He explained that switching from virtual to in-person is different between grades seven through 12 from kindergarten through six, noting there is more flexibility for students in grades seven through 12 because of the structure in place.

“Staffing really becomes an issue when we start moving students from virtual to being in the building or vice versa at the elementary,” Dr. Hunt said. The district should limit the amount of times students, especially younger students, switch between teachers, he said.

“But I do want to, I guess, prop the door open to say we will look at this again in the trimester,” he added. “If there is a path that wouldn’t cause dramatic teacher shifts and change to both our virtual and our in class students, we’re certainly going to pursue that option. But we know today that we need to understand the data so we can begin the work.”

Numbers so far

Based on responses the district has received from parents so far, Dr. Hunt presented preliminary numbers for what the schools could expect for in-person versus virtual students in an all-in model. Data for kindergarten students and grades one through 12 were separate.

The district currently has 123 students in kindergarten with 89 in the hybrid model and 34 virtual. Dr. Hunt said he had received 93 responses as of last week. Of the 34 students in the hybrid model, 17 parents had responded with 10 wanting to switch to the all-in model and seven choosing to remain virtual.

Dr. Hunt said the district, by law, must offer all three models to kindergarten students, including half days, tuition-based full days and virtual.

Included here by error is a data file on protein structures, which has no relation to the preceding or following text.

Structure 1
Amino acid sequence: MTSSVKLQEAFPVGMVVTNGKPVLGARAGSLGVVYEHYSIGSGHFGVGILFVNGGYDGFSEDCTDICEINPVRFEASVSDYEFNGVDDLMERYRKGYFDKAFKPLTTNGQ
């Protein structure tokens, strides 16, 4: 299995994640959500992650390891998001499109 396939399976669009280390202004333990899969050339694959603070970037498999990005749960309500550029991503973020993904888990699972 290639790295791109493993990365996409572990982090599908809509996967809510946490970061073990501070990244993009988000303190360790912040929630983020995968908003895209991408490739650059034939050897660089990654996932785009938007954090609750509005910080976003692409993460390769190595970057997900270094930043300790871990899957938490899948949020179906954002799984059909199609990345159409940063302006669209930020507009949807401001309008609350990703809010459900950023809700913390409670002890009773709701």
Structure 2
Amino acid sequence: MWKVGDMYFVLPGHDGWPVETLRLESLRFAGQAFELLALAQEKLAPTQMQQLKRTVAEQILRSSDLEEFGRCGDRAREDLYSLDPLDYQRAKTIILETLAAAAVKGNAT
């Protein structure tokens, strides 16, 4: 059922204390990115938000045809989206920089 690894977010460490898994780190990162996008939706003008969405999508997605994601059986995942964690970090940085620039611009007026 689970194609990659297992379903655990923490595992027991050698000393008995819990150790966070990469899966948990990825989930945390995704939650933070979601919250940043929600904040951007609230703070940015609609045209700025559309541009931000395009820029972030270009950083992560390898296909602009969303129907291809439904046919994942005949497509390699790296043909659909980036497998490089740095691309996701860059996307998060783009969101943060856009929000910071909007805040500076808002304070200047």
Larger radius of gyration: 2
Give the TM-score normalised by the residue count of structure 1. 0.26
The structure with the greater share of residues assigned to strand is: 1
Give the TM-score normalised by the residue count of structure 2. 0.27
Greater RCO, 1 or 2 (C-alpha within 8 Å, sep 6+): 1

District Treasurer Ashley Brudno noted that the district is still working out the details of how to coordinate the tuition for full-day kindergartners to avoid a need to issue refunds in the event the district has to switch back to all-virtual like in the spring.

Board member Sharon Broz asked if it would be possible to maintain all three models for all students, allowing a mix of hybrid, all-in and virtual students.

Dr. Hunt said this would not be possible for the district, noting they would stretch their teachers too thin.

For grades one through 12, there are 1,300 students enrolled in the hybrid model, he said, and 283 in the virtual model. Of the virtual students, 37 so far indicated that they will switch to in-person for the all-in model. Of the in-person students, 13 so far indicated that an all-in model would push them to virtual, Dr. Hunt said.

“If we make a lot of assumptions on people [who] haven’t responded yet, if I were just to assume that they were all good with where they’re at and that’s where they’re staying, we’d have approximately 1,324 students come [to the all-in model], and we’d have about 259 student in our virtual academy,” he said. “The huge caveat though, there’s a lot of people that still need to complete this [survey].”

Sam Cottrill started reporting for the Times in February 2019 and covers Auburn, Bainbridge, Bentleyville and Chagrin, Kenston, Solon and West Geauga schools. She graduated from Kent State University in 2018 with a bachelor's degree in journalism.